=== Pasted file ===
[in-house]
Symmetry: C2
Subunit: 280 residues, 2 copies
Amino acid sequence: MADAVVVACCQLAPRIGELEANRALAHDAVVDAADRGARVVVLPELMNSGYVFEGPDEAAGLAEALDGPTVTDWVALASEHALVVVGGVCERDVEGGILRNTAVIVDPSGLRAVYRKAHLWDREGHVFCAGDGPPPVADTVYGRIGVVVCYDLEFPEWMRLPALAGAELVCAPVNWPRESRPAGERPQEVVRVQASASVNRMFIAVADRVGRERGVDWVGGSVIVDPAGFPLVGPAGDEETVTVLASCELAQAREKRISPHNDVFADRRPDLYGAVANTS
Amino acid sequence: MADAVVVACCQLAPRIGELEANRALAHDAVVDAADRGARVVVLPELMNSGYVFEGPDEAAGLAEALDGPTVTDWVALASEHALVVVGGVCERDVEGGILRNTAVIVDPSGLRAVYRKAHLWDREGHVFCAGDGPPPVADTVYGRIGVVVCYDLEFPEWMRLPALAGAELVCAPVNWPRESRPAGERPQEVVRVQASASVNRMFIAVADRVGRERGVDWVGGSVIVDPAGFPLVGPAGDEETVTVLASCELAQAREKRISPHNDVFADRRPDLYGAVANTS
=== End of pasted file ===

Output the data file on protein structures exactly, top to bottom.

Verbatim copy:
[in-house]
Symmetry: C2
Subunit: 280 residues, 2 copies
Amino acid sequence: MADAVVVACCQLAPRIGELEANRALAHDAVVDAADRGARVVVLPELMNSGYVFEGPDEAAGLAEALDGPTVTDWVALASEHALVVVGGVCERDVEGGILRNTAVIVDPSGLRAVYRKAHLWDREGHVFCAGDGPPPVADTVYGRIGVVVCYDLEFPEWMRLPALAGAELVCAPVNWPRESRPAGERPQEVVRVQASASVNRMFIAVADRVGRERGVDWVGGSVIVDPAGFPLVGPAGDEETVTVLASCELAQAREKRISPHNDVFADRRPDLYGAVANTS
Amino acid sequence: MADAVVVACCQLAPRIGELEANRALAHDAVVDAADRGARVVVLPELMNSGYVFEGPDEAAGLAEALDGPTVTDWVALASEHALVVVGGVCERDVEGGILRNTAVIVDPSGLRAVYRKAHLWDREGHVFCAGDGPPPVADTVYGRIGVVVCYDLEFPEWMRLPALAGAELVCAPVNWPRESRPAGERPQEVVRVQASASVNRMFIAVADRVGRERGVDWVGGSVIVDPAGFPLVGPAGDEETVTVLASCELAQAREKRISPHNDVFADRRPDLYGAVANTS